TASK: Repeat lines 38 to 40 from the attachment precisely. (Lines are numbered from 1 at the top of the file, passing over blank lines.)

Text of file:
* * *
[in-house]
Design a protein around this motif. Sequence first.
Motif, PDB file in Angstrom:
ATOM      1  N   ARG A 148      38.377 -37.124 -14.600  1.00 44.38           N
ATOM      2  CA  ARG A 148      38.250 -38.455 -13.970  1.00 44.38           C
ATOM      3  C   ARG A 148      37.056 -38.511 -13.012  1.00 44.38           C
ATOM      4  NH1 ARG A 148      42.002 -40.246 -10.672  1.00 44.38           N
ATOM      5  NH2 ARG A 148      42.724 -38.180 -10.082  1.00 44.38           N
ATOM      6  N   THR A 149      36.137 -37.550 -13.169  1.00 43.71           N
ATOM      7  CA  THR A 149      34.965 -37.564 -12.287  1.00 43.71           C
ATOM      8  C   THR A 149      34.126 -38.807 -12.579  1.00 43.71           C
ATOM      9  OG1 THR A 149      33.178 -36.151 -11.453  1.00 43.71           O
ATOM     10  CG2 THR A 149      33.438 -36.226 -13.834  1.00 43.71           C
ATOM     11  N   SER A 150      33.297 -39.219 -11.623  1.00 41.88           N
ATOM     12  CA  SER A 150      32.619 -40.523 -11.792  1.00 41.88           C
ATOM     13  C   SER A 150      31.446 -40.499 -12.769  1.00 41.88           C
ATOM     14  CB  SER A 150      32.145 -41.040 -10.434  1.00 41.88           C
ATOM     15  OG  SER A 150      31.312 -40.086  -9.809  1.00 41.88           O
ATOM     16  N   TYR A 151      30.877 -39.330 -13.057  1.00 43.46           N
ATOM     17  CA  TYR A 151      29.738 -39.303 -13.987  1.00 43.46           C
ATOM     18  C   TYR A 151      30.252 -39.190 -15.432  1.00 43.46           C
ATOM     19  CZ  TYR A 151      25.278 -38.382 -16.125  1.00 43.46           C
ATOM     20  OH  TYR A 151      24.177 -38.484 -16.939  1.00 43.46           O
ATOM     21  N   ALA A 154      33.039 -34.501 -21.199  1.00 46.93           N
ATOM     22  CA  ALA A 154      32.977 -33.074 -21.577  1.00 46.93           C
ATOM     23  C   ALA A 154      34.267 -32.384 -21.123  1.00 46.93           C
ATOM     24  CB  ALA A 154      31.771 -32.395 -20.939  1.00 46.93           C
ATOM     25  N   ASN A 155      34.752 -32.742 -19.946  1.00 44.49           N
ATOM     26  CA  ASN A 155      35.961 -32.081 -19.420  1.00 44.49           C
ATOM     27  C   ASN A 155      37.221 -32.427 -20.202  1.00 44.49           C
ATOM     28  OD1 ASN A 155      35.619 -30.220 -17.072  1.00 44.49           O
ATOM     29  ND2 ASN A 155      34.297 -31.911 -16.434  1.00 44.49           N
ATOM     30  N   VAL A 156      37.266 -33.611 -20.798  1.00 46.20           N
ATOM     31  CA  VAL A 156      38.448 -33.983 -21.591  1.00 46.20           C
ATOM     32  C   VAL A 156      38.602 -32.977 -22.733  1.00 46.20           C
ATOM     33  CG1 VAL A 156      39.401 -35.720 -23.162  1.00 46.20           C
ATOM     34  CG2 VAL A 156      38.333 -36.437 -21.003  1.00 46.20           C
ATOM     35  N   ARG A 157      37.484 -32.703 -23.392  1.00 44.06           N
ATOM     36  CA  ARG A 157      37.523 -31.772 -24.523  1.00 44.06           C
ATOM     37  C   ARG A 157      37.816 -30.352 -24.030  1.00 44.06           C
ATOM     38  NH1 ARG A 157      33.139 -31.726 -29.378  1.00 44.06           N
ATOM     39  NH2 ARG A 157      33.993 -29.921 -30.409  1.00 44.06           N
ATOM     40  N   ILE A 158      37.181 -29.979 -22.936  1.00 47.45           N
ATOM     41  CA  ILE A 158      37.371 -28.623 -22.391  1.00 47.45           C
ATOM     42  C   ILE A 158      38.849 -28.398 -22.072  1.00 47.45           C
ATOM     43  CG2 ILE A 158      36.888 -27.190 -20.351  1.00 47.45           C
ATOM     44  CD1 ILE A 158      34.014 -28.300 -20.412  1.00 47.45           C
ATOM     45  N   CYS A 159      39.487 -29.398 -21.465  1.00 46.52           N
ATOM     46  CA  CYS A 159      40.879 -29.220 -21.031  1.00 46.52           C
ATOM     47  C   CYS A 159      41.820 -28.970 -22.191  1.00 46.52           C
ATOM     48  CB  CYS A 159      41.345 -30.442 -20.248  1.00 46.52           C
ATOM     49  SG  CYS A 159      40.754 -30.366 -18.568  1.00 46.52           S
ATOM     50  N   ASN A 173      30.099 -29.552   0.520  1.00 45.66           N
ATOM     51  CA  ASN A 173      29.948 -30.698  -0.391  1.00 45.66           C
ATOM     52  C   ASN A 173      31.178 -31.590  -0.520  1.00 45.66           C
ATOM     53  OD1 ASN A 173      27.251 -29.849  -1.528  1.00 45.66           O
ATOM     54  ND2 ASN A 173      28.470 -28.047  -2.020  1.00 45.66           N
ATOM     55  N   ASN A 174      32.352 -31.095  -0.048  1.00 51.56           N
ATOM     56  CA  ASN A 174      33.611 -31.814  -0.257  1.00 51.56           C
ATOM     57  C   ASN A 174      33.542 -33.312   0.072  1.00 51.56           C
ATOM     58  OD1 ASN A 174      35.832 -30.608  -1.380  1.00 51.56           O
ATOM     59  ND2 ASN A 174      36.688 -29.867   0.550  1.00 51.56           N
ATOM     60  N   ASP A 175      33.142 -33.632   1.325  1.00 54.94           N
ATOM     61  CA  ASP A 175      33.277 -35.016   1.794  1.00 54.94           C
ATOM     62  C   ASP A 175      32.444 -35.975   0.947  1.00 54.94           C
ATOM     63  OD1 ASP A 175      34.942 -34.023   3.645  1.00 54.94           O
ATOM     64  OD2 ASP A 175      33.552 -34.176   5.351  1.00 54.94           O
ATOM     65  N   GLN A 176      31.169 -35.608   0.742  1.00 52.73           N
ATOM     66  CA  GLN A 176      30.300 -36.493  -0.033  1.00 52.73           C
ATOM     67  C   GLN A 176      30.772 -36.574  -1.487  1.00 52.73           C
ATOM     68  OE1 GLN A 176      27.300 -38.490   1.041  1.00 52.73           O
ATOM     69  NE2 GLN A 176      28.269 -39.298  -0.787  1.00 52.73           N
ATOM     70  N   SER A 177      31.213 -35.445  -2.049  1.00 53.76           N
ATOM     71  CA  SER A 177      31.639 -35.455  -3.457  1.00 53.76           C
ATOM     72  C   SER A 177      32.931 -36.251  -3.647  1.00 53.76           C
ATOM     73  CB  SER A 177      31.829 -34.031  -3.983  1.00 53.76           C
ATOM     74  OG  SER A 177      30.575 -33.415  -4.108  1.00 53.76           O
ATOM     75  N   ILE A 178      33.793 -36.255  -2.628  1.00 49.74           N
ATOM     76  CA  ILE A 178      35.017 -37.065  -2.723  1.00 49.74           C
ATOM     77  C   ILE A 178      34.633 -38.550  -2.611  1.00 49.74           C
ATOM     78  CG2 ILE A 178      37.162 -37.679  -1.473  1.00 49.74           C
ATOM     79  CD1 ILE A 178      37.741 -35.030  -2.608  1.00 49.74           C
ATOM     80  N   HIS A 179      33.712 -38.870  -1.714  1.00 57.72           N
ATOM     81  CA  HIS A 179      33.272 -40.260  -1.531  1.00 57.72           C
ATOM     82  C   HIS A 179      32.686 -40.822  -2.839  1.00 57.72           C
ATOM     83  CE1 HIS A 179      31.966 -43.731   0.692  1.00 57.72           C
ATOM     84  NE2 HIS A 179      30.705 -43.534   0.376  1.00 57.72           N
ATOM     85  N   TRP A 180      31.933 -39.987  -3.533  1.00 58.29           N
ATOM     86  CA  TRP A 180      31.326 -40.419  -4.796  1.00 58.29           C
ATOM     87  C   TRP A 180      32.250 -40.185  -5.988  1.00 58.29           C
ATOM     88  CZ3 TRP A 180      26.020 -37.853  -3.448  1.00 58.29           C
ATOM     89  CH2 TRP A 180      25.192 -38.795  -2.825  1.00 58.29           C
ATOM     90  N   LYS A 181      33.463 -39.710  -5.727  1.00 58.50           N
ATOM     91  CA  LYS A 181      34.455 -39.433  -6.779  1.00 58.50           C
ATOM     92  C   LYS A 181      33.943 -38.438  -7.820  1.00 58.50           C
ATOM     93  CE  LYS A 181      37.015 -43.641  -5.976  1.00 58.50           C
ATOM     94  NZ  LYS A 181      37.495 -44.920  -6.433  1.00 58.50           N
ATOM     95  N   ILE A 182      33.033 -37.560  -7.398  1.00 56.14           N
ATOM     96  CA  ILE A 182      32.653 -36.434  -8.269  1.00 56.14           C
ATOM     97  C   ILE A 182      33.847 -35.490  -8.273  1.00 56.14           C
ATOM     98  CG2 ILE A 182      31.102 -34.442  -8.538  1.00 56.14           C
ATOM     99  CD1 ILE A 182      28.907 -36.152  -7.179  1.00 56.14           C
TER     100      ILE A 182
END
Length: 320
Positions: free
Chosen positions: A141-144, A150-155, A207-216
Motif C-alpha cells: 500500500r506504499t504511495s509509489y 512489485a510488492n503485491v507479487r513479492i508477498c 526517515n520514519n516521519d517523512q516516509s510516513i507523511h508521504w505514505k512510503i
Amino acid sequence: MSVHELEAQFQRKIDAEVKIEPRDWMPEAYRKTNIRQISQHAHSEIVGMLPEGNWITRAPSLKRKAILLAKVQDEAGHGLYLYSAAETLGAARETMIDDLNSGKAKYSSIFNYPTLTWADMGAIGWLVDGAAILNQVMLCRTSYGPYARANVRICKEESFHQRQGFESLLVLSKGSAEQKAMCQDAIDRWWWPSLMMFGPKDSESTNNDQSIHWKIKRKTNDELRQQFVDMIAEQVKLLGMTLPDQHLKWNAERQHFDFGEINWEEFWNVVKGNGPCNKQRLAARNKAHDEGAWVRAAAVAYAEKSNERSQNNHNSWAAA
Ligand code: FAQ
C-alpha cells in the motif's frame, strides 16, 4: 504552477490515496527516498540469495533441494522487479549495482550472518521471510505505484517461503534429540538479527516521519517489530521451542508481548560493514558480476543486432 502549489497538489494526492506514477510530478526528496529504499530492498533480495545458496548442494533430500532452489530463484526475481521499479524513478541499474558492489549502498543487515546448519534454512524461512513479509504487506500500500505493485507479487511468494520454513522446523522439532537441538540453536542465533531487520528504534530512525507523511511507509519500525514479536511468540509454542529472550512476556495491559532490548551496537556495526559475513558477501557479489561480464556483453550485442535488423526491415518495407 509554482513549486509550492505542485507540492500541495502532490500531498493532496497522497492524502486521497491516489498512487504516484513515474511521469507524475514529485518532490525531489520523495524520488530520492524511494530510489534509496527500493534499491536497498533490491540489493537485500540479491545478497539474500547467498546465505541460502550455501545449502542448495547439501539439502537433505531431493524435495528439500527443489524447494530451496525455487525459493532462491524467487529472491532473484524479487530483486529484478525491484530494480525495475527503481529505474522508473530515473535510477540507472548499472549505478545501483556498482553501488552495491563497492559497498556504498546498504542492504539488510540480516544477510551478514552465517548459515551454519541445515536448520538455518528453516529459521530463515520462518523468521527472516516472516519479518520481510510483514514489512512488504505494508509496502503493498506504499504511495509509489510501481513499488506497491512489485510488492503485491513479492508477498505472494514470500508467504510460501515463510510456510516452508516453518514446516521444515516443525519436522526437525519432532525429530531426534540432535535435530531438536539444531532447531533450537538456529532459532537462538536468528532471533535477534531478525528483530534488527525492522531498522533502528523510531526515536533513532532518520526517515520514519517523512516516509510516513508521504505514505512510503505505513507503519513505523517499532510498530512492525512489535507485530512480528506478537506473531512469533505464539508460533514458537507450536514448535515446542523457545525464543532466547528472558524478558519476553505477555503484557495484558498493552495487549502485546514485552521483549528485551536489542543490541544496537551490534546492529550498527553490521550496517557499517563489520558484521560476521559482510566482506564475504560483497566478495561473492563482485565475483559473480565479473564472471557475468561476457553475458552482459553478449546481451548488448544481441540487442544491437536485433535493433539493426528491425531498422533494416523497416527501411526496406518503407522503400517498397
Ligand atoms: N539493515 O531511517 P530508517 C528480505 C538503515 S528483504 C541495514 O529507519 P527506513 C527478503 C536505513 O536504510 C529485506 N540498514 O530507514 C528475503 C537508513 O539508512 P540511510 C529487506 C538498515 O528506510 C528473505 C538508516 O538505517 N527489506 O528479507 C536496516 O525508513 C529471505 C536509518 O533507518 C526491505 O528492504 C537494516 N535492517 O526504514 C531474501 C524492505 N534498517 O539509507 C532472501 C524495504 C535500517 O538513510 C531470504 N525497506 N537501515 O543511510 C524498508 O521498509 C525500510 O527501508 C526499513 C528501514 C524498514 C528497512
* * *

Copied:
ATOM     35  N   ARG A 157      37.484 -32.703 -23.392  1.00 44.06           N
ATOM     36  CA  ARG A 157      37.523 -31.772 -24.523  1.00 44.06           C
ATOM     37  C   ARG A 157      37.816 -30.352 -24.030  1.00 44.06           C